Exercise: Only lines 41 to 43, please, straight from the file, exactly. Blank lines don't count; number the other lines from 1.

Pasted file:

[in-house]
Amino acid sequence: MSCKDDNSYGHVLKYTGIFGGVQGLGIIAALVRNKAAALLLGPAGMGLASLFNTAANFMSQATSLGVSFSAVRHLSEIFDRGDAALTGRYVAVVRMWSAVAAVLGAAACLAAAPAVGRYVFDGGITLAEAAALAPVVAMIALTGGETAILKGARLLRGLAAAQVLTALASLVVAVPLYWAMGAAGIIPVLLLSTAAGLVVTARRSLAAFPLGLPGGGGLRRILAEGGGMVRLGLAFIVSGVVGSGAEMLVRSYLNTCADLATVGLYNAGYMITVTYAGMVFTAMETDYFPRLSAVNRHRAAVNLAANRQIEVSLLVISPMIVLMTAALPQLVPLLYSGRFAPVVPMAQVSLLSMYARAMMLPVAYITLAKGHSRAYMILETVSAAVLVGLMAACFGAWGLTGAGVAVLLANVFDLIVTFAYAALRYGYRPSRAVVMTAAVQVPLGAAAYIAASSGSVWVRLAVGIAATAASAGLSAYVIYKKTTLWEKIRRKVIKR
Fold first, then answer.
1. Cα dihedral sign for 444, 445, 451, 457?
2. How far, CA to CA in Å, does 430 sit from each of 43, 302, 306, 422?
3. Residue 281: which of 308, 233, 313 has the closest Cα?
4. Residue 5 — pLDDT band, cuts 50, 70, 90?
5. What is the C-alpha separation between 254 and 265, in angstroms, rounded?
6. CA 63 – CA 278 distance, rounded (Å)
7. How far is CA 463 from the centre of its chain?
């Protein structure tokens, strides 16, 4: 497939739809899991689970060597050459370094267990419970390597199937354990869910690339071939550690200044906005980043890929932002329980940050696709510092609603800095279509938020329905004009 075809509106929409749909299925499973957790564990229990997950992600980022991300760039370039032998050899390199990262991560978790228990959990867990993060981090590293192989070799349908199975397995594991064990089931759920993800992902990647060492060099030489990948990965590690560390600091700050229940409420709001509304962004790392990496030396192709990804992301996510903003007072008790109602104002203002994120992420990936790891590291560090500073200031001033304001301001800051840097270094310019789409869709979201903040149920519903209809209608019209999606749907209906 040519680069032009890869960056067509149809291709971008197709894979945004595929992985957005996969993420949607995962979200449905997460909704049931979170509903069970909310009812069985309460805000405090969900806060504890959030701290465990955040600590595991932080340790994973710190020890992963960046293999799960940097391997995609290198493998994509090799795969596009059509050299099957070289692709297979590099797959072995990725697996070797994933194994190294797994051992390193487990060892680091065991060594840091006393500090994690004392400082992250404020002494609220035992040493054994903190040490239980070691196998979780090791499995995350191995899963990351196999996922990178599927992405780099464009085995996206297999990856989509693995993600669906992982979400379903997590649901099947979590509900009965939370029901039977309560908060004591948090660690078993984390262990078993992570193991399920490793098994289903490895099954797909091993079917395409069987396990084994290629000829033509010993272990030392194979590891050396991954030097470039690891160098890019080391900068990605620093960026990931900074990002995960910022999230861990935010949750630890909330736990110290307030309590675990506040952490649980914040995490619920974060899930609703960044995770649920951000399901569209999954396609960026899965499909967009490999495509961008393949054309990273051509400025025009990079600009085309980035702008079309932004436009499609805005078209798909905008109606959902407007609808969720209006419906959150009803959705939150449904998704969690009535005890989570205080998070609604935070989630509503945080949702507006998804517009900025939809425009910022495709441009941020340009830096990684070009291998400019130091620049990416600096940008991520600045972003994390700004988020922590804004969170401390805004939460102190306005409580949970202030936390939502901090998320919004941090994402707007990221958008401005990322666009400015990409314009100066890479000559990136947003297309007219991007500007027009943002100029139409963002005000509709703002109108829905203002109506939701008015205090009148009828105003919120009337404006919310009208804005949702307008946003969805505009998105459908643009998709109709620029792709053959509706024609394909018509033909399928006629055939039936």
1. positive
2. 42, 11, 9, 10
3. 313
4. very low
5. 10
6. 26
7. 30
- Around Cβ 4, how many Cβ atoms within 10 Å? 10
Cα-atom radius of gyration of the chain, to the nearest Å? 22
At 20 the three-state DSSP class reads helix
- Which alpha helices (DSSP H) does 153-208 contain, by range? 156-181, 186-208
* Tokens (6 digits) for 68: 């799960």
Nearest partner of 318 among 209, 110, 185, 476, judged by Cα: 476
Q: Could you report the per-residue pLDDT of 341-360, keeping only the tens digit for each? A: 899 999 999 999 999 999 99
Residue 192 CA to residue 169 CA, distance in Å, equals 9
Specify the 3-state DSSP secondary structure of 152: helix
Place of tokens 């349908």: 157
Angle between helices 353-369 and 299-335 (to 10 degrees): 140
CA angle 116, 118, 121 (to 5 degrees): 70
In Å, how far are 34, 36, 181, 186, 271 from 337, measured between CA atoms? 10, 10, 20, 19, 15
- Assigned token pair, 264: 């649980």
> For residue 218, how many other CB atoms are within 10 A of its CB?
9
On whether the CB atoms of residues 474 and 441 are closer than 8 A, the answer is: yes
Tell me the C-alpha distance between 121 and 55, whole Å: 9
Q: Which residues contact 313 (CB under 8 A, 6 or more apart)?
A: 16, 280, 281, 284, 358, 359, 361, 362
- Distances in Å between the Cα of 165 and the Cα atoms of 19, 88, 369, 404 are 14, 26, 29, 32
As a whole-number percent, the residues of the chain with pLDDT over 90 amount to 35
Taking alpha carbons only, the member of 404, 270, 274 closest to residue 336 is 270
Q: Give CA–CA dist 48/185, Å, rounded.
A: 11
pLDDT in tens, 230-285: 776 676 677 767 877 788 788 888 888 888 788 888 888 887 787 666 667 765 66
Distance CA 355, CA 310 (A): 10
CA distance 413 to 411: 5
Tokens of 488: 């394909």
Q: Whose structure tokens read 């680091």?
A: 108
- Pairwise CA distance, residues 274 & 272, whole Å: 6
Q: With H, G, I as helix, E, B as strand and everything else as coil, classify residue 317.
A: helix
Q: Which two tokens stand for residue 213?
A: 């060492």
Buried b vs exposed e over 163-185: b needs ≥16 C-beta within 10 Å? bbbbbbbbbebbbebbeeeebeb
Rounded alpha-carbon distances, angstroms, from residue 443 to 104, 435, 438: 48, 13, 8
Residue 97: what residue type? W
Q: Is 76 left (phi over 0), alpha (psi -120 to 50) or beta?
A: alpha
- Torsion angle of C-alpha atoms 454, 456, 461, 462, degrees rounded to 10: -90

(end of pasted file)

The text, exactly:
Taking alpha carbons only, the member of 404, 270, 274 closest to residue 336 is 270
Q: Give CA–CA dist 48/185, Å, rounded.
A: 11